U.S. Women’s Open champ Allisen Corpuz was one more slow-play time away from a penalty

July 09, 2023

Allisen Corpuz and caddie Jay Monahan prepare for her putt on the 16th green during the final round of the 78th U.S. Women's Open.

Ezra Shaw

PEBBLE BEACH — It was the last thing Allisen Corpuz needed as she was trying to win the U.S. Women’s Open. On the 13th hole at Pebble Beach during Sunday’s final round, the leader and her caddie, Jay Monahan, were told before they reached the green, a 60-foot birdie attempt awaiting, that they were on notice for slow play because Corpuz was deemed to have taken too much time preparing for her second shot.

Because it was a second warning for Corpuz on the day—the first coming at the 11th when Monahan said he had to go to the restroom—a rules official informed her that if she incurred another slow time, she would be assessed a one-stroke penalty. That came as a shock to the pair because the LPGA fines players for slow play but doesn’t penalize them shots.

At the time of the second warning, Corpuz was only two strokes ahead of playing partner Nasa Hataoka.

“That was probably the most stressful moment of the day,” Monahan said after the final round.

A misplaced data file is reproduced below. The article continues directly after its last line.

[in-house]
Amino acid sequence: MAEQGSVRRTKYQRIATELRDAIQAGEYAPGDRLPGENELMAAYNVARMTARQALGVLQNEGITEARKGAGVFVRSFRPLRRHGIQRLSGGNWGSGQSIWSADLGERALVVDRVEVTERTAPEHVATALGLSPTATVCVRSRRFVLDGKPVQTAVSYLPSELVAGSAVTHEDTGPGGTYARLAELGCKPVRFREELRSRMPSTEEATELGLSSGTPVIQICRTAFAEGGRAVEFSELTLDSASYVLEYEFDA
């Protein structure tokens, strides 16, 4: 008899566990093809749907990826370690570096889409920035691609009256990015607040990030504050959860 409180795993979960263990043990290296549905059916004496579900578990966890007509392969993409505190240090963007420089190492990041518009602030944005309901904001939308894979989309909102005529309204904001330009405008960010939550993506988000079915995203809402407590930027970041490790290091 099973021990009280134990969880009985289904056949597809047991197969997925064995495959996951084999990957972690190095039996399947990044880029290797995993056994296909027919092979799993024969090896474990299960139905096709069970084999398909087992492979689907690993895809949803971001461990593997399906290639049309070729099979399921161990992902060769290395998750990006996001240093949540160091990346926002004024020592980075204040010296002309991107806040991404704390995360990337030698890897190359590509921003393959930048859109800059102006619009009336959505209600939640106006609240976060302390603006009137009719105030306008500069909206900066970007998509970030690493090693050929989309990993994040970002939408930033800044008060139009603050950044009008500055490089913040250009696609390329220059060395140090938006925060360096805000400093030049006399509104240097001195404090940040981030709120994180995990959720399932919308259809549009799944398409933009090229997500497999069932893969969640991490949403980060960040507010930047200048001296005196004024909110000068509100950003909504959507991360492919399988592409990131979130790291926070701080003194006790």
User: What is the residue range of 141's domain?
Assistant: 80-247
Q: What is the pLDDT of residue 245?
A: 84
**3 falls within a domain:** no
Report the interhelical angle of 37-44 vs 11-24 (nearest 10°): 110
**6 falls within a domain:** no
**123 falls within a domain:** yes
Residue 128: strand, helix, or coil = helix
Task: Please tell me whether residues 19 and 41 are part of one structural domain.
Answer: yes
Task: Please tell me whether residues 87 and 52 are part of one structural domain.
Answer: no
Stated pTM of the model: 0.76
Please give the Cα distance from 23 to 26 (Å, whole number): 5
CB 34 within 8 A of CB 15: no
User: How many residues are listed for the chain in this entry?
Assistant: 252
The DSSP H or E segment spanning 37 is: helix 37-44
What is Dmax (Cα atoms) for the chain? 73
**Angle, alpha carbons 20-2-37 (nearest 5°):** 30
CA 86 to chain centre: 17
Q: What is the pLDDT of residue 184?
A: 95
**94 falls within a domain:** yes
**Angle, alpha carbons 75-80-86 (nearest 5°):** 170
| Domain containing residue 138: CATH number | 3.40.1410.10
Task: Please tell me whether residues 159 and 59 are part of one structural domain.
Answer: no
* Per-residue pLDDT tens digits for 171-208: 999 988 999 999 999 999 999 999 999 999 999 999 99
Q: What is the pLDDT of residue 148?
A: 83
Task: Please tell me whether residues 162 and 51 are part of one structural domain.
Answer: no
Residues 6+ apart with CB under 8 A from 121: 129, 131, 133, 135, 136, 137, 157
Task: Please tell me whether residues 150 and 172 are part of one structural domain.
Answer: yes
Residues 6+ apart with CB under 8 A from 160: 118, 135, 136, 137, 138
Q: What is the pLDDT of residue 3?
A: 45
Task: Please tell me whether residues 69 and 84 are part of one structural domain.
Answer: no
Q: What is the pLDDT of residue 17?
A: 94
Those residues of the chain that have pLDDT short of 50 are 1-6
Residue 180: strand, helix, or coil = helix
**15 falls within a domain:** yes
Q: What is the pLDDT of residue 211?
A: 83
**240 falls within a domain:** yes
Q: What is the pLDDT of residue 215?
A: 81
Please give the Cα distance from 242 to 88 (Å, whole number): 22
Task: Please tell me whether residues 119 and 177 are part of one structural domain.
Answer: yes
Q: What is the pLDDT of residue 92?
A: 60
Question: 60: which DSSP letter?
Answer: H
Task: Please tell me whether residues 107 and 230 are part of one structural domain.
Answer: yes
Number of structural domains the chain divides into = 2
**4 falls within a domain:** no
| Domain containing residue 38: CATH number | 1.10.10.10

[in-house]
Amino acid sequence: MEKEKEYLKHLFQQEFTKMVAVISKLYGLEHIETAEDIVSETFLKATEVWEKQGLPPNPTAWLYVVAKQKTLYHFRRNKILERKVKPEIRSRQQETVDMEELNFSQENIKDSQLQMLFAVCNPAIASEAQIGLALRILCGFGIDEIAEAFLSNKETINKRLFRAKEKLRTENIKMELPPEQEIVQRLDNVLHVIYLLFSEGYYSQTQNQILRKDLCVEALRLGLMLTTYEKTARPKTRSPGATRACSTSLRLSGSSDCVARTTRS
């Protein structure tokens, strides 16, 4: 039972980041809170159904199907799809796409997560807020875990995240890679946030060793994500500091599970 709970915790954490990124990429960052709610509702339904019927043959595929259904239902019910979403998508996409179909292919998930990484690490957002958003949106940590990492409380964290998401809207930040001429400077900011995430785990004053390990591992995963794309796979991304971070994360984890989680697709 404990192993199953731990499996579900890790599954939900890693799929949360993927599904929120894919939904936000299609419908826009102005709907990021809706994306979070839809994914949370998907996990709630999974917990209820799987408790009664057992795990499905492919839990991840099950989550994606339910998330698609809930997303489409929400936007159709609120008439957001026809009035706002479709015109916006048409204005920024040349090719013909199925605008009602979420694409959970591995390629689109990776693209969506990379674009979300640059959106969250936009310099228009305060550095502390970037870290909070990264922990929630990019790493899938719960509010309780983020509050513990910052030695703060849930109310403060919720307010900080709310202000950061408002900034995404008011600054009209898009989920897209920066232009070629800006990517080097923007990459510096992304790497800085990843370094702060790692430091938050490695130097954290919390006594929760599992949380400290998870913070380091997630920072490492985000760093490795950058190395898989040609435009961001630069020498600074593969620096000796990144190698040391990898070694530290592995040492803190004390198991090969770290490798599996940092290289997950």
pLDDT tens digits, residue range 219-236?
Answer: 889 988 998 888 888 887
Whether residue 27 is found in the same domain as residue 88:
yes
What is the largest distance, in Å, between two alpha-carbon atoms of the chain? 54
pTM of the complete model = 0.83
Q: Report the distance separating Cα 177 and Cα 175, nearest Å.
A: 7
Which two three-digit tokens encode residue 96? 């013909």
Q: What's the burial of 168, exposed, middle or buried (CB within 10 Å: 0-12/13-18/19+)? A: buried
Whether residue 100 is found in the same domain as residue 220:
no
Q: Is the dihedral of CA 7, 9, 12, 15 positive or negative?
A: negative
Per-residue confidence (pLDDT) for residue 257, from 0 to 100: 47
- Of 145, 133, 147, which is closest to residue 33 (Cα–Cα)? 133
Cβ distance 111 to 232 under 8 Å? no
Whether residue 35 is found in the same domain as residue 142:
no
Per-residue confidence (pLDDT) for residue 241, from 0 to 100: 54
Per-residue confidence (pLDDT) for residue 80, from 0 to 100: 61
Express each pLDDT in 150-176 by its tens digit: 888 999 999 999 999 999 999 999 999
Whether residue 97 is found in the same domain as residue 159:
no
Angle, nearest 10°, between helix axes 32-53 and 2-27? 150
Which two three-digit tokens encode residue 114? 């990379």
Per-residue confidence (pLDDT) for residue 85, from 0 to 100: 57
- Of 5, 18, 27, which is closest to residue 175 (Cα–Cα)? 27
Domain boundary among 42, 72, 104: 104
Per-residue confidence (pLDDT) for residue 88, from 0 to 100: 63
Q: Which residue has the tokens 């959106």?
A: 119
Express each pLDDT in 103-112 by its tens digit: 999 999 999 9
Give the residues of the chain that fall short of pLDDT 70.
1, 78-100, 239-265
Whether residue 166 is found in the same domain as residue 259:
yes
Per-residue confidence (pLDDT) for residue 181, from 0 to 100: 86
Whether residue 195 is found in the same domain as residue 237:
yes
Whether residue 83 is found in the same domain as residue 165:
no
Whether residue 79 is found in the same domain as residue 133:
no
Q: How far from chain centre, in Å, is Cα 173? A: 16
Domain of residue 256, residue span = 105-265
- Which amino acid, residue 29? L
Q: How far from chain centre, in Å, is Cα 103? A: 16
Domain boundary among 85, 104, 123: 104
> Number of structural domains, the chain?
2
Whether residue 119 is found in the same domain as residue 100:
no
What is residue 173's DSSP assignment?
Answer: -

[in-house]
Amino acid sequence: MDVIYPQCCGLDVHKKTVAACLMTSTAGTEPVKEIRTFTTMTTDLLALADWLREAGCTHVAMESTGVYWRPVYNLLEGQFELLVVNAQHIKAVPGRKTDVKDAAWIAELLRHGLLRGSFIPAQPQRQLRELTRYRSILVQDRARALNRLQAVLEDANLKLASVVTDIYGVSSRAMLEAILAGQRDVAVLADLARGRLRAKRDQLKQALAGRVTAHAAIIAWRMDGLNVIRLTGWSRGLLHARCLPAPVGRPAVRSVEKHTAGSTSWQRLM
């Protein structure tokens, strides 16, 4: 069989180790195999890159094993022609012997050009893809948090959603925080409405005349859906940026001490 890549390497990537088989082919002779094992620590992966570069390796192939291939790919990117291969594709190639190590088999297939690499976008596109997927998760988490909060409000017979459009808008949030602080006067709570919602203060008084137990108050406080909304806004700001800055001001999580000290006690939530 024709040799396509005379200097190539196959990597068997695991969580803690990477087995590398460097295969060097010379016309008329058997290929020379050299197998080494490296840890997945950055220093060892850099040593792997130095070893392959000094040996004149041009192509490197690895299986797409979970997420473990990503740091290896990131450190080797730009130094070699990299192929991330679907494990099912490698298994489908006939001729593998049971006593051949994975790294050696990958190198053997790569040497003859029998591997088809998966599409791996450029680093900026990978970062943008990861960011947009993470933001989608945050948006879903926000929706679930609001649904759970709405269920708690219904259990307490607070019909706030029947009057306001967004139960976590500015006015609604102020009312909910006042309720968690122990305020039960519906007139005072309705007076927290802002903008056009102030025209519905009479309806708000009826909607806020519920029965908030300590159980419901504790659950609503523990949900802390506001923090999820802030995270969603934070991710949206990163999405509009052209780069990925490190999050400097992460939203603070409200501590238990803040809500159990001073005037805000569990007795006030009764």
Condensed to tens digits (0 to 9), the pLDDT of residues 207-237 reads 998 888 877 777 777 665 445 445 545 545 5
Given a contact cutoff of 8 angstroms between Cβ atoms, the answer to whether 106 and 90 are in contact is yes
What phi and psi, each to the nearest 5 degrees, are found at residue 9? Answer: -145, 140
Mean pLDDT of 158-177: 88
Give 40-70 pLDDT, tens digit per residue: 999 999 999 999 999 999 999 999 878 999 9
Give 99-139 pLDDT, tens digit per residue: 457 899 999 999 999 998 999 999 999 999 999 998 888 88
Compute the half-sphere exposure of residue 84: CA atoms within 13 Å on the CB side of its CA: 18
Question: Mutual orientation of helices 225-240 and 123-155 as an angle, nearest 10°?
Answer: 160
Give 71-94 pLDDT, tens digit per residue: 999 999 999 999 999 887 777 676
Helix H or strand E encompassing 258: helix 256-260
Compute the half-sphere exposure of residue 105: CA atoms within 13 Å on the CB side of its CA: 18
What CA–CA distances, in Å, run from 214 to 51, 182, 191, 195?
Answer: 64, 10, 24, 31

It all turned out just fine. Corpuz didn’t let the situation rattle her. She two-putted 13 for a par, and with birdies on 14 and 15, the Hawaiian pulled away with a three-under-par 69 to win the 78th U.S. Women’s Open by three shots over Charley Hull and Jiyai Shin.

Corpuz, 25 and a second-year player on the LPGA, said she has experienced instances in the past of being on the clock and had let it get to her, rushing herself and hitting poor shots.

“I told myself [on Sunday], that’s just kind of how the course plays sometimes,” Corpuz said. “You have a tough hole, you fall behind. I just told myself we’d catch up later and just stay calm, just keep doing everything at the same pace.

“I know I'm not a slow player,” Corpuz later added. “I think in that particular shot I just backed off because the wind died down.”

Monahan said that after they finished the 13th, he hustled ahead to the 14th tee to make sure they were ready to hit when Corpuz got there. He acknowledged that they were behind on the pace. Kathryn Belanger, a USGA rules official appearing on the NBC broadcast, said that the final twosome had gotten back into position on that hole and they weren’t put on the clock again for the remainder of the round.

“It’s tough,” he said. “You’re trying to win a U.S. Open on a very hard golf course and you don’t want to rush. Typically, it’s a fine for us, but when suddently they tell you we’re going to stroke you if it happens again, that’s raises the stress level.”